Can you tell me how to stop frequent nosebleeds?
Although frequent nosebleeds can be alarming, they usually aren’t serious. In more than 90 percent of nosebleeds, the bleeding comes from blood vessels in the front of the nose, and they are generally easy to control.
(Rare, prolonged posterior nosebleeds come from arteries in the back of the nose and require medical intervention.)
You probably already know how to stop nosebleeds: Hold your head back and pinch your nostrils together for 10 minutes. If the bleeding doesn’t stop, spray a decongestant into the nostril and hold your nose for another 10 minutes.
Once it stops, don’t blow your nose, bend over or lift anything heavy for half an hour or so. If it hasn’t stopped after 20 minutes, see a doctor.
Now, to stop frequent nosebleeds: Since nosebleeds are more common in dry, cold weather, “humidify” your nose with saline spray (salt water), available at your local drugstore. Spray into each nostril three times a day and before bedtime.
I also recommend nutritional supplements that strengthen the capillaries and blood vessels in your nasal passages, which are fragile and prone to rupture.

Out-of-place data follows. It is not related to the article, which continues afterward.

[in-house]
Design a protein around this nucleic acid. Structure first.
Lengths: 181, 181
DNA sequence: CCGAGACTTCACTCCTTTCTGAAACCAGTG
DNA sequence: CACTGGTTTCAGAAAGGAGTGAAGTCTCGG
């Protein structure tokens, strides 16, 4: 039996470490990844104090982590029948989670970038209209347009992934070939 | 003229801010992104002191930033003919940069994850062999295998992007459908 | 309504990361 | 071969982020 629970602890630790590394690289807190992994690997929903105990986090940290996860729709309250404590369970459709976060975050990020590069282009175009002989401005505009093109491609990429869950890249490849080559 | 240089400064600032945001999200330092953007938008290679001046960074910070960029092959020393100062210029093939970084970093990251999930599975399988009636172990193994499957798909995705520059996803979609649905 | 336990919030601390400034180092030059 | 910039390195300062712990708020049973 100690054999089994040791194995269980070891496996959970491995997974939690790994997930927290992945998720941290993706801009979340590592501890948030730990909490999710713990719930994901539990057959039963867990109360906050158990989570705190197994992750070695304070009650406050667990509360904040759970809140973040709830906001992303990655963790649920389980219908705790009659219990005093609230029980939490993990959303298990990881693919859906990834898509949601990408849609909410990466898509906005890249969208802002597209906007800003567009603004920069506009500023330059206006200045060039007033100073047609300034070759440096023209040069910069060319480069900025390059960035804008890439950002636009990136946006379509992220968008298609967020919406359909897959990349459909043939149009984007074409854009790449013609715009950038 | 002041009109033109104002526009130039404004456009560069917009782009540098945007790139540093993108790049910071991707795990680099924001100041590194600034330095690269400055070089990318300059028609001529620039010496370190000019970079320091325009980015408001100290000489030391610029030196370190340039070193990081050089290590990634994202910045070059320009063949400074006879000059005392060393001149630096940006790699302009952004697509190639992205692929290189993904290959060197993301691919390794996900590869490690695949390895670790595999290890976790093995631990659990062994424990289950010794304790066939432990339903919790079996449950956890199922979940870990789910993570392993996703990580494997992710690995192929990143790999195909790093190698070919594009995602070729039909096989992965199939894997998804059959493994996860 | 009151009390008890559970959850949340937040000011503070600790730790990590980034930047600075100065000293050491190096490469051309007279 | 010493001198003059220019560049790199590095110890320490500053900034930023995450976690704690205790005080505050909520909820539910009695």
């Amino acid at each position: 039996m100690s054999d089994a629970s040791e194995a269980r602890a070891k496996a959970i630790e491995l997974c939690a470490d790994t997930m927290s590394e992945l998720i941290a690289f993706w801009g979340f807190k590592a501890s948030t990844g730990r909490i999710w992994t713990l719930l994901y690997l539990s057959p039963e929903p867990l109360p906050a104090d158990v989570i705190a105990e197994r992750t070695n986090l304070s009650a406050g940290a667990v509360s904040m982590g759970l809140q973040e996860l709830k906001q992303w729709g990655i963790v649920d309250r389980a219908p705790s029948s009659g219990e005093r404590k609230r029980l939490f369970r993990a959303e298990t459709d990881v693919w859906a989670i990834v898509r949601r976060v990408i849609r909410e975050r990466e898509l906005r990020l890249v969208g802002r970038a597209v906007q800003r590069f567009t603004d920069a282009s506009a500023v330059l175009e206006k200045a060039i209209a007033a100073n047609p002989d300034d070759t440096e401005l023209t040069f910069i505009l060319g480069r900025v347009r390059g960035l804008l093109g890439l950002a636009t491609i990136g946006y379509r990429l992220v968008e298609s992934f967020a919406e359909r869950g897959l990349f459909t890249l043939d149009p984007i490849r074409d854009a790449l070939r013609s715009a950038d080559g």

Nutrients that address capillary fragility include vitamin C (1,000+ mg) and bioflavonoids such as rutin and hesperidin (1,000 mg of mixed flavonoids). I’ve also heard reports about cayenne pepper helping to prevent frequent nosebleeds. The suggested dose is 600 mg a day. These vitamins and supplements should be available in most health food stores.
Finally, make sure you’re eating enough broccoli and leafy greens, which contain vitamin K, the clotting vitamin. If you continue to have frequent nosebleeds on this regimen, consider adding a vitamin K supplement, 100 mcg per day. (If you are taking Coumadin or another blood thinner, you need to avoid the synthetic form of vitamin K (MK-4). Instead, talk to your doctor about taking a low dose of K2 (MK-7), approximately 45 mcg per day) to stop or prevent frequent nosebleeds.